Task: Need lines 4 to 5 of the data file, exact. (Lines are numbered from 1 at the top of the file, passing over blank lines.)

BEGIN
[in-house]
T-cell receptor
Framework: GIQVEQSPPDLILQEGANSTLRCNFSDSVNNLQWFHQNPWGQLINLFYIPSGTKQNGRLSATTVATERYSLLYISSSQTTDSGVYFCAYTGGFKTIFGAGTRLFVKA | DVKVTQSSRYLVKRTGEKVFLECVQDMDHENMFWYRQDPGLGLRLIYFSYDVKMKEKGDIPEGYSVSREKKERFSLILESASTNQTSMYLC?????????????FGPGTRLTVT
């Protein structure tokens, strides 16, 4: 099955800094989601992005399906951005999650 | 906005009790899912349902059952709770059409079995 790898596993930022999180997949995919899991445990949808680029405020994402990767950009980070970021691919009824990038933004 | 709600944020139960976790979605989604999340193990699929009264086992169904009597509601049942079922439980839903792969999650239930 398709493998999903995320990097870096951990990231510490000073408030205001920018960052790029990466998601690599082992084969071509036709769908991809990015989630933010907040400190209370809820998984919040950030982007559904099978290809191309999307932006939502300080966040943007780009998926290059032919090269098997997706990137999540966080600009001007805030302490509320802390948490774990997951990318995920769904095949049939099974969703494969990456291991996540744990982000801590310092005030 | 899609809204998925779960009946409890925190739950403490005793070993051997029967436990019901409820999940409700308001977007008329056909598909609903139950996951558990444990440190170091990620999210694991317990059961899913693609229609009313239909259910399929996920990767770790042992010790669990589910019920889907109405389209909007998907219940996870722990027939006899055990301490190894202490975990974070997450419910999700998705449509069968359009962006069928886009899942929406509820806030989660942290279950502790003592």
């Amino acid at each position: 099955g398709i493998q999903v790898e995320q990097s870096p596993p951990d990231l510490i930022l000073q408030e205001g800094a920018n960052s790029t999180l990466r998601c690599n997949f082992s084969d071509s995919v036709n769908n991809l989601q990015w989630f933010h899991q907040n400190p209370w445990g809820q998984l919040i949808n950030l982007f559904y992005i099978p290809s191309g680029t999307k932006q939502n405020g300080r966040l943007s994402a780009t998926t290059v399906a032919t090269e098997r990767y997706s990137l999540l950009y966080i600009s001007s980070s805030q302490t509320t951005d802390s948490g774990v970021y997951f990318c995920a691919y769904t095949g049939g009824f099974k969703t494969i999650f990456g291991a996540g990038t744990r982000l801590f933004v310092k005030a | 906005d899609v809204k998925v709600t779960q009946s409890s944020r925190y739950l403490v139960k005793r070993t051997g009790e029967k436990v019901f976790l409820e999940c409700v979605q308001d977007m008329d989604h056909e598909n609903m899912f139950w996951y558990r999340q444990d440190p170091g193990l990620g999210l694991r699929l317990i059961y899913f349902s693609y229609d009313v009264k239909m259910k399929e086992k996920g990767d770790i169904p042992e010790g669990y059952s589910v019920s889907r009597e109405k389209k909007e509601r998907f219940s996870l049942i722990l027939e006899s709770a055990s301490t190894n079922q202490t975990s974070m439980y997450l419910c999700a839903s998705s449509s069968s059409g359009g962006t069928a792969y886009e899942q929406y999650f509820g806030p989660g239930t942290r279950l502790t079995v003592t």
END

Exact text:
């Protein structure tokens, strides 16, 4: 099955800094989601992005399906951005999650 | 906005009790899912349902059952709770059409079995 790898596993930022999180997949995919899991445990949808680029405020994402990767950009980070970021691919009824990038933004 | 709600944020139960976790979605989604999340193990699929009264086992169904009597509601049942079922439980839903792969999650239930 398709493998999903995320990097870096951990990231510490000073408030205001920018960052790029990466998601690599082992084969071509036709769908991809990015989630933010907040400190209370809820998984919040950030982007559904099978290809191309999307932006939502300080966040943007780009998926290059032919090269098997997706990137999540966080600009001007805030302490509320802390948490774990997951990318995920769904095949049939099974969703494969990456291991996540744990982000801590310092005030 | 899609809204998925779960009946409890925190739950403490005793070993051997029967436990019901409820999940409700308001977007008329056909598909609903139950996951558990444990440190170091990620999210694991317990059961899913693609229609009313239909259910399929996920990767770790042992010790669990589910019920889907109405389209909007998907219940996870722990027939006899055990301490190894202490975990974070997450419910999700998705449509069968359009962006069928886009899942929406509820806030989660942290279950502790003592």
């Amino acid at each position: 099955g398709i493998q999903v790898e995320q990097s870096p596993p951990d990231l510490i930022l000073q408030e205001g800094a920018n960052s790029t999180l990466r998601c690599n997949f082992s084969d071509s995919v036709n769908n991809l989601q990015w989630f933010h899991q907040n400190p209370w445990g809820q998984l919040i949808n950030l982007f559904y992005i099978p290809s191309g680029t999307k932006q939502n405020g300080r966040l943007s994402a780009t998926t290059v399906a032919t090269e098997r990767y997706s990137l999540l950009y966080i600009s001007s980070s805030q302490t509320t951005d802390s948490g774990v970021y997951f990318c995920a691919y769904t095949g049939g009824f099974k969703t494969i999650f990456g291991a996540g990038t744990r982000l801590f933004v310092k005030a | 906005d899609v809204k998925v709600t779960q009946s409890s944020r925190y739950l403490v139960k005793r070993t051997g009790e029967k436990v019901f976790l409820e999940c409700v979605q308001d977007m008329d989604h056909e598909n609903m899912f139950w996951y558990r999340q444990d440190p170091g193990l990620g999210l694991r699929l317990i059961y899913f349902s693609y229609d009313v009264k239909m259910k399929e086992k996920g990767d770790i169904p042992e010790g669990y059952s589910v019920s889907r009597e109405k389209k909007e509601r998907f219940s996870l049942i722990l027939e006899s709770a055990s301490t190894n079922q202490t975990s974070m439980y997450l419910c999700a839903s998705s449509s069968s059409g359009g962006t069928a792969y886009e899942q929406y999650f509820g806030p989660g239930t942290r279950l502790t079995v003592t």